Davidson return not a quick fix: McLeod


Even-keeled Hawks coach Gordie McLeod isn’t one to get caught up in pre-game hype.

But when it comes to a traditional grudge match between long-time foes Wollongong and Sydney, McLeod can appreciate what the occasion means to supporters of both clubs.

The latest chapter of the Hawks v Kings rivalry will be played out tonight at WIN Entertainment Centre.

‘‘The Kings games always seem to generate that little bit more passion, that little bit more intensity, and there’s obviously that expectation from the fans about this game,’’ McLeod said.

After playing their past two matches on the road against Cairns and Adelaide, the Hawks are relishing being back on their home court.

Equal-last with Cairns, Wollongong (2-7) will soon run out of chances to stay in top-four contention if they don’t start winning.

Tonight’s clash is the first of four regular-season meetings with the third-placed Kings (5-4).

‘‘This is the start of a new series and that’s a really important factor for us,’’ McLeod said.

‘‘You want to put wins on the board and that breaks down into series against each team.’’

Returning for Wollongong after a four-week absence with an ankle injury is centre Larry Davidson.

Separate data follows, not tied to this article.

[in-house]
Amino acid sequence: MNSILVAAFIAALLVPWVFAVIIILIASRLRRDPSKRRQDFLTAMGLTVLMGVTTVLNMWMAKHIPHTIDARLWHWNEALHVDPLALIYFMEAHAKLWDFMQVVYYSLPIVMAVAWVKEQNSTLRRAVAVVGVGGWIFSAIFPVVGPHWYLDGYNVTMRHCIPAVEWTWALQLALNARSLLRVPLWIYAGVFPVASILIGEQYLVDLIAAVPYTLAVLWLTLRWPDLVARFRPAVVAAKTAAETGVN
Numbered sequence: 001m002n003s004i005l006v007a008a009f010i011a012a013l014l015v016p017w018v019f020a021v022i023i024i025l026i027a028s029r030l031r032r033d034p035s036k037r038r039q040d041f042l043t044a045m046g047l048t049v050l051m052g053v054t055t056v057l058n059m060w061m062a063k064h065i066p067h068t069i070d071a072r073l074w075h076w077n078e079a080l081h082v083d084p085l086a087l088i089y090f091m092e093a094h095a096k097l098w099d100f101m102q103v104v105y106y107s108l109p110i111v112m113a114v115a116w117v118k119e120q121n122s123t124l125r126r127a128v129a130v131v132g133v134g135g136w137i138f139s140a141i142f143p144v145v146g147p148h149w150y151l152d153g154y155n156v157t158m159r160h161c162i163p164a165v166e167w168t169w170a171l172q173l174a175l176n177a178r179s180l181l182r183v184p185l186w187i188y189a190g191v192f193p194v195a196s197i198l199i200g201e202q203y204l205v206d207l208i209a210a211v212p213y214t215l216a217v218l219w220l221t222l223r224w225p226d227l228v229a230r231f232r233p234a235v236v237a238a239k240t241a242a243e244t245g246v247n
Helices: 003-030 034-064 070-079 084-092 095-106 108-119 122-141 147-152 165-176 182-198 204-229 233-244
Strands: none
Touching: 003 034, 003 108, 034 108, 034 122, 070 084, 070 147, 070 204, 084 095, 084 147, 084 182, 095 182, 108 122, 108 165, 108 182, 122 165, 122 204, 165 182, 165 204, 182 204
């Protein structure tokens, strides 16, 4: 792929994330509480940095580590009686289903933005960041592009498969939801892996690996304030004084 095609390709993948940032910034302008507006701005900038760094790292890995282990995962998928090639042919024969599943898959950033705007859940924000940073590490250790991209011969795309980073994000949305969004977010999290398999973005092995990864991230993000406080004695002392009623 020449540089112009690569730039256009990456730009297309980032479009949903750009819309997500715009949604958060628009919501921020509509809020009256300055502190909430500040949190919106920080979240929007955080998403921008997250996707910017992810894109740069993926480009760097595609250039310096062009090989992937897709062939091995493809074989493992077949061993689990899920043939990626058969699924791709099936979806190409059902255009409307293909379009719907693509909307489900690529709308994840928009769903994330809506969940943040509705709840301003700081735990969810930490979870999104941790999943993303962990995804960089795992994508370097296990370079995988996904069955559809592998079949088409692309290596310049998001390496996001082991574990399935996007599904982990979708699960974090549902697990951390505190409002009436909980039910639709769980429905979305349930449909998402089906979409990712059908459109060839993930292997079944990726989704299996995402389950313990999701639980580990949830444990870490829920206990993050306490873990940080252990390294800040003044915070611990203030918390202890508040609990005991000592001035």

Dave Gruber has played well as Davidson’s replacement and McLeod couldn’t confirm if Davidson would be inserted straight back into the starting five.

‘‘He’ll probably come off the bench, but that hasn’t been decided,’’ he said.

‘‘It’s not who starts the game. It’s who’s playing well throughout the game and who’s going to be able to help us finish it off.

‘‘It’s a team effort. We’ll need all their skill packages combined.’’

Starter or not, Davidson’s inclusion is a significant boost, particularly with Sydney boasting 210-centimetre A.J.Ogilvy in the middle.

‘‘Larry’s experience is an obvious plus,’’ McLeod said.

‘‘His understanding of the program is probably better than anyone in the group. Him and [guard] Rhys [Martin] are the guys that know it the best,’’ the coach said.

‘‘We’re hopeful of getting some minutes out of him. That brings that extra experience back into the group, but it also changes the team dynamics again. That’s always challenging, but it’s going to be a real positive for the group to have him back.’’

Wollongong played six of their first nine games away from home.

Last week, they gave second-placed Adelaide a scare but went down 82-81.

‘‘Near enough is not good enough,’’ McLeod said.

‘‘It’s a tough league and it’s a very fine line between winning and losing. It was a good effort to put ourselves in that position, but when you get there you have to go on and finish it off.

‘‘We can take a lot of positives out of it, but we have to be smarter and play consistently well for four quarters.’’

Tablet - Narrow
Tablet - Wide